New York doesn’t need an introduction. It’s the Big Apple; the City that Never Sleeps; the Empire State; the home of the One Dollar Slice (I can confirm that)… I could go on. The fact is, the city is so well loved, and people are so well versed in its dazzling capabilities, that there’s no point in giving a written guided tour. Instead, I want to draw attention to just a few of the things that have captured my attention, things that aren’t mentioned on TripAdvisor.
This academic year I have been given the incredible opportunity -through the Queen Mary Exchange Programme- to live and study in the “the Capital of the World”. Regardless of the preconceptions I had as I moved abroad, any International Student can testify that it’s not all fun and games. Alongside time differences (a legitimate issue when it comes to skyping the UK), there are many cultural obstacles that simply aren’t expected from an English-speaking powerhouse country; but even after 3 months, the recurring confusion between chips, fries, crisps, potato waffles and waffle fries still takes place in the dorm kitchen at least twice a week. We’ve also had the same problem concerning pickles, cucumbers, courgettes, zucchini and gherkins (allegedly the best word to come out of the UK).
Whilst the title “New York” brings to mind visions of the elegant Empire State, majestic copper women holding up torches, bustling Times Square with half naked cowboys (he really exists) and 5th Avenue crawling with collagen-filled women clutching quivering dogs, I am privileged to have stumbled across things that only residents of the Big Apple could experience. Only the other evening, I was strolling through mid-town Central Park, when I walked directly into the
middle of a pop-up roller disco; funky 70’s disco was blaring from sporadically-placed speakers, the glow sticks and fancy dress costumes were out in force (after all it was just shy of Halloween), and only Manhattan’s highest quality skate/dance moves were on show. It was a moment in which I was able to appreciate that New York isn’t solely about the tourists and landmarks, in various ways it caters for anyone willing to throw themselves into the world outside their tiny one-room apartment in Greenwich Village.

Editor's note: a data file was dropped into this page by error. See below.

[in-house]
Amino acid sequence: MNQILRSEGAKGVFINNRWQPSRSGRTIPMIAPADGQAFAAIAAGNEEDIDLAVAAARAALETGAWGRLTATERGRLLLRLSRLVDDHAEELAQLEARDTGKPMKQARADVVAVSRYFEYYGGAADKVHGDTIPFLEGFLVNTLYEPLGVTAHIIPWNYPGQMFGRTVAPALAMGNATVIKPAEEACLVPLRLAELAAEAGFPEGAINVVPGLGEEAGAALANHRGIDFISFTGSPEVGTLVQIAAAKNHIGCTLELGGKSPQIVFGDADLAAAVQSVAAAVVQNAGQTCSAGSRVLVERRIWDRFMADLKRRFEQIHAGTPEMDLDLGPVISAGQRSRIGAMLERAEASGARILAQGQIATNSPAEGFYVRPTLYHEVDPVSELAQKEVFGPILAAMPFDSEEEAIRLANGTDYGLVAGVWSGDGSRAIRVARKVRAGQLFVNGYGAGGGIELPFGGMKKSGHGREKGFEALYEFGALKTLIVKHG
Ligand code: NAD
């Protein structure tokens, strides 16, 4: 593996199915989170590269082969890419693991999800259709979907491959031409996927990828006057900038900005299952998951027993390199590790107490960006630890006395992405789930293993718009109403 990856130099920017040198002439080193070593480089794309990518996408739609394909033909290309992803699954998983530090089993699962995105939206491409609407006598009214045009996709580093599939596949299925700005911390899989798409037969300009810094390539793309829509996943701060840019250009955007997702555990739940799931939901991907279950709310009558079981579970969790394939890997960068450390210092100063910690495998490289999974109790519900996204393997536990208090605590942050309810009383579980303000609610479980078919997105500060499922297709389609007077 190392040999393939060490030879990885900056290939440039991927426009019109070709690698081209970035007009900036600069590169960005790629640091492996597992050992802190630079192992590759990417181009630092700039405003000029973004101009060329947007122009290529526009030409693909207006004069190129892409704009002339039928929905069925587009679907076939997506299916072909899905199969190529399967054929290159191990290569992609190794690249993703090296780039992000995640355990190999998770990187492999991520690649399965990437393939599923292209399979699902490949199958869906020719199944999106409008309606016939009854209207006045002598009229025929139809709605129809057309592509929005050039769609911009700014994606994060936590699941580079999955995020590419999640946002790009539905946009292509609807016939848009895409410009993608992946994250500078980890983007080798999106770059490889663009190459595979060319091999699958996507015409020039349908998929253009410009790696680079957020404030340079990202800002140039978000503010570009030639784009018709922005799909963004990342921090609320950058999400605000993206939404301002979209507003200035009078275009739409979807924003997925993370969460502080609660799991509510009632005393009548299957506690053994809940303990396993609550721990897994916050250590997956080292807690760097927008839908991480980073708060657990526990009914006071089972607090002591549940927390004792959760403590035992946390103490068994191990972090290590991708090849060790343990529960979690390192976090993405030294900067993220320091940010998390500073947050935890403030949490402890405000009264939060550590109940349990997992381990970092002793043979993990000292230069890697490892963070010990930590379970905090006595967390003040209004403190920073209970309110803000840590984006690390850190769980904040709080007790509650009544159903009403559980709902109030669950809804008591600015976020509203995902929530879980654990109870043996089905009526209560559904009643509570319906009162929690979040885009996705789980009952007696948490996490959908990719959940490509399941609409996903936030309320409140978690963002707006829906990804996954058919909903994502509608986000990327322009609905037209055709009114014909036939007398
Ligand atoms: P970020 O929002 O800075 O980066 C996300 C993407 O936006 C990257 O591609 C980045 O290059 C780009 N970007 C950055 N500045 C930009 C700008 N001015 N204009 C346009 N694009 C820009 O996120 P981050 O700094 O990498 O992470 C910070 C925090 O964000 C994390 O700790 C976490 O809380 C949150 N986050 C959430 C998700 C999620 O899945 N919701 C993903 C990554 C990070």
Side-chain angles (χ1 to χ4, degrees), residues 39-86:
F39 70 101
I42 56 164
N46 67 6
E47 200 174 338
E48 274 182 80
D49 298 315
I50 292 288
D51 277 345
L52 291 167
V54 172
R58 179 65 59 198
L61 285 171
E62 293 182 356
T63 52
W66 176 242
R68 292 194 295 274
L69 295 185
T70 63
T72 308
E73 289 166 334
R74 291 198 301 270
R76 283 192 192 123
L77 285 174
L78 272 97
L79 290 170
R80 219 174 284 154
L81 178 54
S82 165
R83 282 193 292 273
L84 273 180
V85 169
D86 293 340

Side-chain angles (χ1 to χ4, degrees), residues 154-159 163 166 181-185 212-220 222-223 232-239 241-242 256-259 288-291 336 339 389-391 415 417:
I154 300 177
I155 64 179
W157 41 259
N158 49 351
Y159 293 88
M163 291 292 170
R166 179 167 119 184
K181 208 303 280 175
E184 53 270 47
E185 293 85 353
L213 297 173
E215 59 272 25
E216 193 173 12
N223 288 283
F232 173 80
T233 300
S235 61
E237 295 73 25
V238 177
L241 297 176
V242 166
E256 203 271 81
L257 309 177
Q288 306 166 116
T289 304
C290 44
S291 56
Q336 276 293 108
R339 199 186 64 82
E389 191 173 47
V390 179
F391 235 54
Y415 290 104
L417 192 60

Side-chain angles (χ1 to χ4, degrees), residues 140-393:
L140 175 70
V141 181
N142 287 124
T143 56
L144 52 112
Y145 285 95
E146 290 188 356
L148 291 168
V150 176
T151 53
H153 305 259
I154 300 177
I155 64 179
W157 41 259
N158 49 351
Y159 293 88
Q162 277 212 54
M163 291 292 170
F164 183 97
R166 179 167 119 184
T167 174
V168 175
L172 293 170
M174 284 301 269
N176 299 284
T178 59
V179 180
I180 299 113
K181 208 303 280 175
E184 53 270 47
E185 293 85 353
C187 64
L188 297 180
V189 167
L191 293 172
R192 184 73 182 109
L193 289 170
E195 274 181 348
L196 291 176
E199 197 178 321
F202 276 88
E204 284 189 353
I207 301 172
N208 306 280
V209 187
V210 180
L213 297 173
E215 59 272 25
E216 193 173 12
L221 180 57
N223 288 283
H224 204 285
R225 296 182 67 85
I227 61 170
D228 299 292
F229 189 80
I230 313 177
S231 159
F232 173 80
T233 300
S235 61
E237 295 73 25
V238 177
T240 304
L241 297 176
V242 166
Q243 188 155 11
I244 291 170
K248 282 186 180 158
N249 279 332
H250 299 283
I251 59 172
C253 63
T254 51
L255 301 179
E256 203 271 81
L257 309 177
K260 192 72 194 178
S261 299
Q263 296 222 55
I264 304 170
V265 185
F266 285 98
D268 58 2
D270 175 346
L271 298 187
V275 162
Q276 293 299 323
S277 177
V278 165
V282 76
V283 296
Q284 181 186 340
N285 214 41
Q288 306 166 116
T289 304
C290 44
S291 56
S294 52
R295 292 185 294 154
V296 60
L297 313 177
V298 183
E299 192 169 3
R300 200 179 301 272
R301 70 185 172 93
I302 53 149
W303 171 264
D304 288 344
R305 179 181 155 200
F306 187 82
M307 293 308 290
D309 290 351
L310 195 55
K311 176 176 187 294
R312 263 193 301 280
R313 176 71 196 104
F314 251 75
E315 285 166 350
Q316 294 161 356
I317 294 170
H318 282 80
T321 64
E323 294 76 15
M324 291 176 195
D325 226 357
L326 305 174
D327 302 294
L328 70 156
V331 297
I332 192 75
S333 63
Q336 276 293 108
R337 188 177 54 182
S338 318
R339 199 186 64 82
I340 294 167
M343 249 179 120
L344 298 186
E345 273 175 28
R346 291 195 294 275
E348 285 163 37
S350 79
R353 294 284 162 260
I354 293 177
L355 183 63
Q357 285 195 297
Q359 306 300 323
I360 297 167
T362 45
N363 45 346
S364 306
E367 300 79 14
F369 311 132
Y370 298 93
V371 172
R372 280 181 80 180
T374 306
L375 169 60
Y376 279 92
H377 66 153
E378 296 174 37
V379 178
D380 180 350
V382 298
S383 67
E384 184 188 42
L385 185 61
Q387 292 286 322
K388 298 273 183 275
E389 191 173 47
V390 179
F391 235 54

Another prime instance of an “it’s-the-little-things” moment took place outside the Metropolitan Museum down 5th Avenue’s Museum Mile, where I had briefly stopped to ‘grab lunch’ from a hot dog vendor. At the bottom of the museum’s steps to the right, a saxophonist was performing a selection of Michael Jackson’s greatest hits (accompanied with MJ’s signature moves), whilst a bagpiper (donned in only the finest tartan kilt and sporran) played to the left. Slowly but surely, the volume and flamboyance of the two acts’ performances increased as both attempted to seize the attention and affection of the crowd; this screeching then evolved into a spontaneous musical battle, whereby the acts took turns to play a piece, judged accordingly by the levels of applause from the audience. This debacle continued for 45 minutes, after which time it was concluded that the ability to simultaneously perform Thriller, thrust like a zombie and keep his wig on was simply unbeatable. The thought that came to mind? Only in New York. The hot dog was also phenomenal.
Finally, on a side note, as students living in the heart (Zone 2) of London, we can all recognise a miracle discovered in New York which hasn’t yet reached the shores of the Thames; air-conditioning on the Subway (take note TFL). Since arriving in the city, the journeys of nestling awkwardly into the sweaty armpit of a middle-aged gentleman on the Central line at 5pm seem like a lifetime ago; instead, I now leave the train with the same salt levels as when I entered, an idea that, before, seemed almost impossible.
There is so much that New York has to offer than “simply” the towering skylines and Broadway musicals (although Wicked is spectacular); within this exhilarating “city on steroids”, there’s a charming sense of schizophrenia to be found, hidden in plain sight between the Hudson and the East Rivers.